But we're not here to complain or bash, we're here to try to give a rational explanation for why exactly NBA 2K12 seems to have 'failed' in many people's eyes (at least in terms of sales, which is the strongest indicator of approval or not we have). Here are what I feel the top three reasons for the game seeming to fail in the sales department at this point:
- The Lockout. Let's just get the easy and most obvious answer out of the way. The lockout killed NBA 2K12's sales above and beyond anything else. Most analysts predicted sales shortfalls of 50% or more, and while many in this blog space tried to argue the lack of NBA would make many want to buy the game, it just never works like that in the real world. But sales are on pace to be well below 50% of last year's totals if you believe some charts. So it just doesn't end with the lockout.
- Jordan Was Cool...Until He Wasn't. The buzz surrounding last year's release was just enormous. In every way, people were hyped because Michael Freaking Jordan was about to be in a video game again after a long hiatus. And not just any game, but one which promised to be the most realistic game of basketball in some time. Fast forward a year, and when it came out Jordan was on the cover, there was a collective groan. The marketing strategy for this game was to play it safe and hope the sales just came in on brand recognition it seems. Unfortunately for 2K Sports and Take Two, they have found out the hard way that the NBA 2K brand is just as expendable for gamers as Tomb Raider was (and Call of Duty will be).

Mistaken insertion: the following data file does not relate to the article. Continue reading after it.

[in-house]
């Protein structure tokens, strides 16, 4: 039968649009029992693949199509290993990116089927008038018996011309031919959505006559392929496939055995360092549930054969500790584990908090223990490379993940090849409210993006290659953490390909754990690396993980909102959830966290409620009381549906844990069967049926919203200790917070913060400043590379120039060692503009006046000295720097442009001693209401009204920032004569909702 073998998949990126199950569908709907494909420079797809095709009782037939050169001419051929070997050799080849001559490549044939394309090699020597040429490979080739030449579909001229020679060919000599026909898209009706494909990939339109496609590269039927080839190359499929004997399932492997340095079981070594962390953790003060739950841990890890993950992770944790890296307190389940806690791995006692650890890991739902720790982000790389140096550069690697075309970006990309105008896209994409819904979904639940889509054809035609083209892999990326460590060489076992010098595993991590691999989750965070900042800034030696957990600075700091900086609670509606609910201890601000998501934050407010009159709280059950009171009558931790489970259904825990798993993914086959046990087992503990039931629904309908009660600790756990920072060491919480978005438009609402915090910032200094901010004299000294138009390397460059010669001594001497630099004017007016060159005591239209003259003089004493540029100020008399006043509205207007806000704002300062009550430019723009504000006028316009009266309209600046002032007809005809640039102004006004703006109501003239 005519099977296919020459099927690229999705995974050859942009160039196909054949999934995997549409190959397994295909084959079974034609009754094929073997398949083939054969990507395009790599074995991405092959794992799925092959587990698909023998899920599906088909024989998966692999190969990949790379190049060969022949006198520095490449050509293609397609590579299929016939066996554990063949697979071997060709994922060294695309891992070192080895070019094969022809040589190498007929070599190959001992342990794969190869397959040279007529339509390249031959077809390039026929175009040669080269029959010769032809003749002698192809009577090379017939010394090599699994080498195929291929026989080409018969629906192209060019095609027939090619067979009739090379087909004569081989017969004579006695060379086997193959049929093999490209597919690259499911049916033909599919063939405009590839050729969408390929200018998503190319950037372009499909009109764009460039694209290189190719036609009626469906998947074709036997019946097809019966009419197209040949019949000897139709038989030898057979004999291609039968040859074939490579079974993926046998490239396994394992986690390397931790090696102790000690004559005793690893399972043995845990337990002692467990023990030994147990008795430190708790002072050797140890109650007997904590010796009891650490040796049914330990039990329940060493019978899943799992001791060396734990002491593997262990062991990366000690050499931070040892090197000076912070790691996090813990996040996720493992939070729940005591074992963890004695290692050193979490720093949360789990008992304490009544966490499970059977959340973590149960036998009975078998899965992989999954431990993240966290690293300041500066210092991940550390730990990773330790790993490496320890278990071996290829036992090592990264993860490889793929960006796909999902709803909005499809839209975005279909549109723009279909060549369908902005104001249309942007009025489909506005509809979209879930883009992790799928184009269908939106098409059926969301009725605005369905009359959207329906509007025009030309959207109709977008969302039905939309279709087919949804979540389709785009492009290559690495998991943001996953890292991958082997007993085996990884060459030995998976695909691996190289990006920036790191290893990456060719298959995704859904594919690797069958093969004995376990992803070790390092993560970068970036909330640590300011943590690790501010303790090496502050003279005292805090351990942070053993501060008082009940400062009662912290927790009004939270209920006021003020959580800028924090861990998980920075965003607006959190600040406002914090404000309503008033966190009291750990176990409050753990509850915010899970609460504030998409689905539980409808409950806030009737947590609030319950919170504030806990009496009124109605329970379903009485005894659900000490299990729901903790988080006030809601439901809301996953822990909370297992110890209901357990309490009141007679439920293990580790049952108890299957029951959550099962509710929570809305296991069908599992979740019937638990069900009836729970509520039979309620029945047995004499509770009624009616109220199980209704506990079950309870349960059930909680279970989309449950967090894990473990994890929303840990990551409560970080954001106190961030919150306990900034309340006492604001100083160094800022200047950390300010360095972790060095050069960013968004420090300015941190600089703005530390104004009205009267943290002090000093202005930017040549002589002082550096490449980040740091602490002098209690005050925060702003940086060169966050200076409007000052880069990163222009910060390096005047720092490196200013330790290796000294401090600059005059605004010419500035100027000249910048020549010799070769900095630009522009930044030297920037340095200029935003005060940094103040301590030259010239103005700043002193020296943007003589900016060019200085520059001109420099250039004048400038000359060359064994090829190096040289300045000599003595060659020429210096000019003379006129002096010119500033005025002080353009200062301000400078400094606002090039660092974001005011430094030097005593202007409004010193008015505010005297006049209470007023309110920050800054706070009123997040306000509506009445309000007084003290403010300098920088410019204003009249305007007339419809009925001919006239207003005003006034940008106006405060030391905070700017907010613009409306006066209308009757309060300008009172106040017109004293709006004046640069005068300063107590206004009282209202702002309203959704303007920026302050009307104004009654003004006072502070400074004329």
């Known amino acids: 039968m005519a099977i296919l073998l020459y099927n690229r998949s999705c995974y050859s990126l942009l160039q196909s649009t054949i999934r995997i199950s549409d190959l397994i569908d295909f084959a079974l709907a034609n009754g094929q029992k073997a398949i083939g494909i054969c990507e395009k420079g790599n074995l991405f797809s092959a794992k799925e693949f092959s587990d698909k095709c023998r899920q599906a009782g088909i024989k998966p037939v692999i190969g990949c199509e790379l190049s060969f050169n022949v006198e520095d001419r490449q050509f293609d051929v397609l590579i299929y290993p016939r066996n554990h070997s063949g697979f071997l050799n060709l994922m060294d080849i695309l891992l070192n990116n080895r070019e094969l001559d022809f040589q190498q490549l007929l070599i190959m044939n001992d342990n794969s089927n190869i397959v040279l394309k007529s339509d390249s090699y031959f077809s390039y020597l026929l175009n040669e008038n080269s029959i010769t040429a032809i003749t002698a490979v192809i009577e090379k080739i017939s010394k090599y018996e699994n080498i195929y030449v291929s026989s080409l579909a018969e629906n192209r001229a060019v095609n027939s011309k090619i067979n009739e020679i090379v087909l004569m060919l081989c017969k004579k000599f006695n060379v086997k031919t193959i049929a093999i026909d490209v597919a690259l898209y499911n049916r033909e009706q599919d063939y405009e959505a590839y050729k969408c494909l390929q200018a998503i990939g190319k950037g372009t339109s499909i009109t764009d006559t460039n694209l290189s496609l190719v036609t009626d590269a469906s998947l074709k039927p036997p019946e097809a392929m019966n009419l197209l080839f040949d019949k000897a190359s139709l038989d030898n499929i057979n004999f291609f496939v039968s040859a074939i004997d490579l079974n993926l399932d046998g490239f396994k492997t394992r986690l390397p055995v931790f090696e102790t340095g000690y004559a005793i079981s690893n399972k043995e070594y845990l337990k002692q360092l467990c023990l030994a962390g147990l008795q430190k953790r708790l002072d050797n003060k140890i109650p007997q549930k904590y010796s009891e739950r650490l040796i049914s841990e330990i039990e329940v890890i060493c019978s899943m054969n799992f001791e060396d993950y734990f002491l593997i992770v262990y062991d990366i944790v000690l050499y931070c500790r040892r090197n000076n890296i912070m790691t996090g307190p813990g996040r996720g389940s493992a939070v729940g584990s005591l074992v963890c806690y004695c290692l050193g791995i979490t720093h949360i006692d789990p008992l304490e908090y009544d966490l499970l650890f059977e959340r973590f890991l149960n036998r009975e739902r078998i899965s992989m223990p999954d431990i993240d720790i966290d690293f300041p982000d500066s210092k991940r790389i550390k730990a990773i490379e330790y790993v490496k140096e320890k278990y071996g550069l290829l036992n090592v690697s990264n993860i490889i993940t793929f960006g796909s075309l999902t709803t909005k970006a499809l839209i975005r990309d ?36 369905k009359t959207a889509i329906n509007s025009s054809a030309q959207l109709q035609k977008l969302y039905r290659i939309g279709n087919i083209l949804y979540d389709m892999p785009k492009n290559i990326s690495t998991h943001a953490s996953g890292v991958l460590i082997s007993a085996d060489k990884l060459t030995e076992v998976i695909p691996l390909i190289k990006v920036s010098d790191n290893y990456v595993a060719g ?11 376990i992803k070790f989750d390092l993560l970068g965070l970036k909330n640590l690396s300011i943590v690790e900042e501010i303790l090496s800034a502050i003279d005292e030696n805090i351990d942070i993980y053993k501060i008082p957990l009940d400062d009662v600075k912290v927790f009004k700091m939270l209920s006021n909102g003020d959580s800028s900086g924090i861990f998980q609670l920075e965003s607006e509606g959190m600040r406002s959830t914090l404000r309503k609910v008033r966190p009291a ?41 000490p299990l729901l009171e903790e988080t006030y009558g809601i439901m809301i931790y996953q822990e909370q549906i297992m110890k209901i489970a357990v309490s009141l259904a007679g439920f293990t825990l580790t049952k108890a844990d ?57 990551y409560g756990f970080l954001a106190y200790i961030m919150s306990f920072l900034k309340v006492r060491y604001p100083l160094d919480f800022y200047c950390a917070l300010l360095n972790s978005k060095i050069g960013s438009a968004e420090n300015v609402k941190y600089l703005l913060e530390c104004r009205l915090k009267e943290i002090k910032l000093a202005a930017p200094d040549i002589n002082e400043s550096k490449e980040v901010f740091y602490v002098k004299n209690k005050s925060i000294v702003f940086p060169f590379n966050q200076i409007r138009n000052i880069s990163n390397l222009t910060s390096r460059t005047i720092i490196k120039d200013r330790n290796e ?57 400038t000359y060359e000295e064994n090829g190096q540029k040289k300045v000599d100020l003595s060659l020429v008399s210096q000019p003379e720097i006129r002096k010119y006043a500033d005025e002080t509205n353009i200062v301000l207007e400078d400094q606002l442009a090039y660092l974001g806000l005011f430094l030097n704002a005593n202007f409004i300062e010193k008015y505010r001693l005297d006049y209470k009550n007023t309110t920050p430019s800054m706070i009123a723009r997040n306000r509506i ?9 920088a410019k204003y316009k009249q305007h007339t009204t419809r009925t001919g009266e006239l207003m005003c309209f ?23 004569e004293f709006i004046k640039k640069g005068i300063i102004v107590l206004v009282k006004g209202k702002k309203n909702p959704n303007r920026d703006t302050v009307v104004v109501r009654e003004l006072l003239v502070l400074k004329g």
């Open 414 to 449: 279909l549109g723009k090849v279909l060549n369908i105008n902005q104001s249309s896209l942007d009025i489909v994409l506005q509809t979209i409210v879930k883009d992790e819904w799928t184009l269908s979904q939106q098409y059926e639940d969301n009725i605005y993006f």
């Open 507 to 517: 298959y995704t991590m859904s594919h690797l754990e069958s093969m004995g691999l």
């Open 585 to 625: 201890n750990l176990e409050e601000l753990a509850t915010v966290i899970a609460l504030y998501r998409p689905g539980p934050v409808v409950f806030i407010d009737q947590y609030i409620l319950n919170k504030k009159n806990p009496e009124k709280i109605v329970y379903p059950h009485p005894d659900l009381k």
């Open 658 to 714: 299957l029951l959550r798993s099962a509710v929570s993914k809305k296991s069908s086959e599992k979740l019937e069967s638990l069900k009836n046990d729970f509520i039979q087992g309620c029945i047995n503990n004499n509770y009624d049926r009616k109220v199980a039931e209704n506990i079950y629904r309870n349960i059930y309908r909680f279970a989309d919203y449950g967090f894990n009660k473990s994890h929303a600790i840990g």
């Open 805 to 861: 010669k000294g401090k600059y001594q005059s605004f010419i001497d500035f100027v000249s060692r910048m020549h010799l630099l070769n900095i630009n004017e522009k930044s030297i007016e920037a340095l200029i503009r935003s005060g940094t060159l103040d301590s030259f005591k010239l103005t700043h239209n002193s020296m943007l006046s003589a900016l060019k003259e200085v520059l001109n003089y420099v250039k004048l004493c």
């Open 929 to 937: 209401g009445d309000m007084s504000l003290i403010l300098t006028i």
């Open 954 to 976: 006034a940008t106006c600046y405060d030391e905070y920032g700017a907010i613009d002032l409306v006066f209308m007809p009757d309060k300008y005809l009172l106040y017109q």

- What Do You Have to Offer Me Again? Of course, the ever proverbial word of mouth is a big factor in getting a game over that hump from year to year. And the word of mouth simply wasn't that good. Games today, in the days of social media, are made or broken by how word carries. Hype can breed hype and disdain, disdain. NBA 2K12 had enormous expectations, impossible expectations of it. Gamers wanted a revolution but instead got an evolution and some cases, a careful step back by the developers. That was unacceptable. It's like whoever is going to follow Joe Pa at Penn State, they probably won't be a bad coach -- but they have no chance of living up to that legacy